September 30, 2015

Back to Uni

I'll be the first to admit that heading back to school after a good long four months of steering clear from it had my stomach in knots. Don't get me wrong, I enjoy the idea of learning new things and expanding my mental capacity. However, I have two thumbs down and a bitter taste in my mouth regarding what comes hand in hand with when classes are in session; namely, the omnipresent stress, the constant lack of sleep, and the ubiquitous urgency of meeting deadlines after deadlines.  

Now, I could go on and on whinging and whining about all the issues I have with university, but that would only add fuel to the fire. Rather, I decided to do something that would force me to have a more positive, la vie en rose outlook on my current situation. Instead of sulking about the struggles of going to school, I encouraged myself to find things that would make each challenge a little less unpleasant to overcome.

There are two things that I did in the first few weeks of classes in order to gain a more positive outlook:


I took pictures of the campuses as a means of forcing myself to shake off the habit of melodramatically seeing them as soul-sucking prisons (though ironically there is a rampant myth among the students that the architect who designed the school also designed prisons). Albeit popular opinion that people need to experience life at face-value rather than through a screen, I have found that I have benefited from being someone who constantly takes pictures because doing so compels me to find the beauty in the seemingly mundane.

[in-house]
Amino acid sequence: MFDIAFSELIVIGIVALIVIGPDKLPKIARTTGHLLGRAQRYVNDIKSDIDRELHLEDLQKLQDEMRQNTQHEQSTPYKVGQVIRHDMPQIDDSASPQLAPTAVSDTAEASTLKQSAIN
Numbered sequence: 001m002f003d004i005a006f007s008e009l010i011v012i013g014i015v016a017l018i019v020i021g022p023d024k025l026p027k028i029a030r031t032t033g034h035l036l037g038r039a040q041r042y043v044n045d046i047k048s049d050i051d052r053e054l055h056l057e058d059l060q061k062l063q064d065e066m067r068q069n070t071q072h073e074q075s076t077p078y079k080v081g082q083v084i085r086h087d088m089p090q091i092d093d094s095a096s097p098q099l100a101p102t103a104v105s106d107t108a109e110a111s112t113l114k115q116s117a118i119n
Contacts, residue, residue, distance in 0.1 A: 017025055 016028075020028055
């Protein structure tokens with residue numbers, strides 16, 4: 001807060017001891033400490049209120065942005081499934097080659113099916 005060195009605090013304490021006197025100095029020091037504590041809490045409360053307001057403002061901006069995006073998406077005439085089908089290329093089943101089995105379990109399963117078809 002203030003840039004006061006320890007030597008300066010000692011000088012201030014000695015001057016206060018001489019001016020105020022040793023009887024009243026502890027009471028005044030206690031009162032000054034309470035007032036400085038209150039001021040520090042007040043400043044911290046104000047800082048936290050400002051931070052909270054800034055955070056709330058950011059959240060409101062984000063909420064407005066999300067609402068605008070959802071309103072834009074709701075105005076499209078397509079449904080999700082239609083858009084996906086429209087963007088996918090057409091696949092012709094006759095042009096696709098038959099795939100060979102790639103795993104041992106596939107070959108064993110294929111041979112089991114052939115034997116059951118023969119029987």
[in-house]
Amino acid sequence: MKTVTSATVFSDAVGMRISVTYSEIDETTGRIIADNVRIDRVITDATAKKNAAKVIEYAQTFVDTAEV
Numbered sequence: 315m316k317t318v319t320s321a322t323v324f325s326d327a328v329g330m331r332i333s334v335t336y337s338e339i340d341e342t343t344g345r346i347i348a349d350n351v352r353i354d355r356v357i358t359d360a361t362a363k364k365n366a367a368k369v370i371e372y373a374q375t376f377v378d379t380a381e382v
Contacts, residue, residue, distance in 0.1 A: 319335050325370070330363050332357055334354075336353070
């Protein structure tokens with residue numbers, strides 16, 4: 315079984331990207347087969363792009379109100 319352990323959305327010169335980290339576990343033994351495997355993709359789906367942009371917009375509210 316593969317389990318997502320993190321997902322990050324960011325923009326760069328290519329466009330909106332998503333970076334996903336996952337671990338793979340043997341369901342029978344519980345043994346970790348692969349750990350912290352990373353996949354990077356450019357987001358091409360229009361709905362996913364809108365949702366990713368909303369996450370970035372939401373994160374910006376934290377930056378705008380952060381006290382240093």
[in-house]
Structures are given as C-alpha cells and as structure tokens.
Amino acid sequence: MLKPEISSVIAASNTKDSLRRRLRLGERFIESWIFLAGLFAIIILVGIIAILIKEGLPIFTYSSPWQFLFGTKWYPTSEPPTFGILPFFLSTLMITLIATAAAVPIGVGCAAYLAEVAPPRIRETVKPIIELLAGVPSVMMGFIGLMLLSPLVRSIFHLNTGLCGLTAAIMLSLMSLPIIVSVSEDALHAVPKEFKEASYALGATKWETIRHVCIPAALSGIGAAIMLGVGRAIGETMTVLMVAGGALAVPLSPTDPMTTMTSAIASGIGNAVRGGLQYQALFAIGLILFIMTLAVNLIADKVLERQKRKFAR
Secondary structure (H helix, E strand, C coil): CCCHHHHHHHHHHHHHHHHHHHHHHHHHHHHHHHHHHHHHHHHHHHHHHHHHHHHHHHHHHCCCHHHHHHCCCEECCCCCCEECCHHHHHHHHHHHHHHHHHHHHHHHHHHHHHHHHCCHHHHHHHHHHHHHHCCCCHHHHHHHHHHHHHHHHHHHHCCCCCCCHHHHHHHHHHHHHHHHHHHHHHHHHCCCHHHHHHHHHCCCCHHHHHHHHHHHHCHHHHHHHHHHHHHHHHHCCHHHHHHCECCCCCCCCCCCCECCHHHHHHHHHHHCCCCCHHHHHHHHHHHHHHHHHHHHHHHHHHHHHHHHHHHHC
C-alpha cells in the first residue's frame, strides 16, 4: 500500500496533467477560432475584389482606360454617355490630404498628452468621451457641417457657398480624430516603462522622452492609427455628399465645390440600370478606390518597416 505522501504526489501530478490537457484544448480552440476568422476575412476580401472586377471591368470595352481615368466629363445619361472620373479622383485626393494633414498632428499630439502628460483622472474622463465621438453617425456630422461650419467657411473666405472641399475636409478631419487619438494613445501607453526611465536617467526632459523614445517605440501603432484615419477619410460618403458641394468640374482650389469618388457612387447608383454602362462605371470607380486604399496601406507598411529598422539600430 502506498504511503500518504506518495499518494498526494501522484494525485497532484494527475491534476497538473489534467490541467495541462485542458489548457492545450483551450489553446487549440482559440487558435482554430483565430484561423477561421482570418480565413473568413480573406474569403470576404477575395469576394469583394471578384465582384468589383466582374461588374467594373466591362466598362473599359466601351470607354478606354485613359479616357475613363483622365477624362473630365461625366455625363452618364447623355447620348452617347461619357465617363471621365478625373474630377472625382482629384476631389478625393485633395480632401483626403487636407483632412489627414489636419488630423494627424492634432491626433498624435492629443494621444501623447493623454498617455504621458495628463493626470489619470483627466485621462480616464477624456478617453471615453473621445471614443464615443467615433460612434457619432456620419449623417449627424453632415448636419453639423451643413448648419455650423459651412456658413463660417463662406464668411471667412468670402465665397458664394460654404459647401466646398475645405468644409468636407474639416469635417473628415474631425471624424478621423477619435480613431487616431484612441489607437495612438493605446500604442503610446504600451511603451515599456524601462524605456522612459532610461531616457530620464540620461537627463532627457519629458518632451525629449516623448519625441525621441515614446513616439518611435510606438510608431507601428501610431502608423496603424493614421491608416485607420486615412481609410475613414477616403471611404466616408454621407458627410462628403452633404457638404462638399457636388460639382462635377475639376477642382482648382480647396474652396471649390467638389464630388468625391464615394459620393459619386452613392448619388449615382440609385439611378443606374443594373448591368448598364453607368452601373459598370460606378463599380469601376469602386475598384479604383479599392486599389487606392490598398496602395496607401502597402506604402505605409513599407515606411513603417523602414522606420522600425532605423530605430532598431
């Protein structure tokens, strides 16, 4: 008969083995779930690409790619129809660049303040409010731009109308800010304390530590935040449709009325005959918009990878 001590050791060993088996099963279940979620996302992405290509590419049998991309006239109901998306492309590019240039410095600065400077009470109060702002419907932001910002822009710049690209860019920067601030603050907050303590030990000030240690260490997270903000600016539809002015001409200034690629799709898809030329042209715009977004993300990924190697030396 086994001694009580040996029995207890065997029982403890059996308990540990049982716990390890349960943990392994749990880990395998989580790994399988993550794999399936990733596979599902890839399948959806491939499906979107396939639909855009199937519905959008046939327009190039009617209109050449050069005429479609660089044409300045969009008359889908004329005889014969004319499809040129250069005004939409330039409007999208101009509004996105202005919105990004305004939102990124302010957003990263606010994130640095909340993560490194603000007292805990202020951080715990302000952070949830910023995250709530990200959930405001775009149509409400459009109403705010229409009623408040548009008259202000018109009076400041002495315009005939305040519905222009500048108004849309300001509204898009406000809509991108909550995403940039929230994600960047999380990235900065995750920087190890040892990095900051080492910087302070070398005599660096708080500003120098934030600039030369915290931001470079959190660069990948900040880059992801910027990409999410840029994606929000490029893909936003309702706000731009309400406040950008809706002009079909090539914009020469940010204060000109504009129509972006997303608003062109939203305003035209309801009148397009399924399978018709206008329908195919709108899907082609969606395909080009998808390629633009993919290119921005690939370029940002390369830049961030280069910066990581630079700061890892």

I also challenged myself to find quotes in my copious, never-ending piles of readings that resonated with me and my life at present.

I'm sharing below some of the consequent results of what I set out to accomplish. 

 "The mind has an excursive power to wander about the world" — David E. Leary (1992)"Not only was he inclined toward art, he said 'but life could be embittered if I were kept from it'" — David E. Leary quoting William James (1992)

"...bogged down in the tragic attempt to live in monologue rather than dialogue" — Martin Luther King Jr. (1963)
"forever fighting a degenerating sense of nobodiness" — Martin Luther King Jr. (1963)

"The art of human understanding -- the art of grasping similarities among phenomena and thus forging perceptual patterns and conceptual categories out of the flux or chaos of experience" — David. E. Leary (1992) "The city is dying at its heart" — Clifford Shaw & Henry McKay

Stay Gold,


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